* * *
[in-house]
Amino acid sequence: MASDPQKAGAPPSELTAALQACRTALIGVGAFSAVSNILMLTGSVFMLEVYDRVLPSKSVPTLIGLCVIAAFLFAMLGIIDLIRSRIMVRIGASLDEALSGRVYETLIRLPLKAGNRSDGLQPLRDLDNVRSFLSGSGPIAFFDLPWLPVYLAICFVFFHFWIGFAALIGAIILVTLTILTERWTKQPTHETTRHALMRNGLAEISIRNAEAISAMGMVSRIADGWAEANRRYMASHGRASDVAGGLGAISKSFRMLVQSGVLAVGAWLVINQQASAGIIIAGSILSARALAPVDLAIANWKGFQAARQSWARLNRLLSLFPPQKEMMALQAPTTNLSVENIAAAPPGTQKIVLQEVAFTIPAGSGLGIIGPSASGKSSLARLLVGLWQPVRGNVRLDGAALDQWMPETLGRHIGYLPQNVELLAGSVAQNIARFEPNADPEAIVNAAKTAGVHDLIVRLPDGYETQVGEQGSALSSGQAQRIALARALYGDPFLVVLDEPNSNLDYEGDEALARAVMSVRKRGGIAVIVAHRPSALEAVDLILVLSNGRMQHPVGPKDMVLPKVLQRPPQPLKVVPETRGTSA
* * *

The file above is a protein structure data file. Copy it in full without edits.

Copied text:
[in-house]
Amino acid sequence: MASDPQKAGAPPSELTAALQACRTALIGVGAFSAVSNILMLTGSVFMLEVYDRVLPSKSVPTLIGLCVIAAFLFAMLGIIDLIRSRIMVRIGASLDEALSGRVYETLIRLPLKAGNRSDGLQPLRDLDNVRSFLSGSGPIAFFDLPWLPVYLAICFVFFHFWIGFAALIGAIILVTLTILTERWTKQPTHETTRHALMRNGLAEISIRNAEAISAMGMVSRIADGWAEANRRYMASHGRASDVAGGLGAISKSFRMLVQSGVLAVGAWLVINQQASAGIIIAGSILSARALAPVDLAIANWKGFQAARQSWARLNRLLSLFPPQKEMMALQAPTTNLSVENIAAAPPGTQKIVLQEVAFTIPAGSGLGIIGPSASGKSSLARLLVGLWQPVRGNVRLDGAALDQWMPETLGRHIGYLPQNVELLAGSVAQNIARFEPNADPEAIVNAAKTAGVHDLIVRLPDGYETQVGEQGSALSSGQAQRIALARALYGDPFLVVLDEPNSNLDYEGDEALARAVMSVRKRGGIAVIVAHRPSALEAVDLILVLSNGRMQHPVGPKDMVLPKVLQRPPQPLKVVPETRGTSA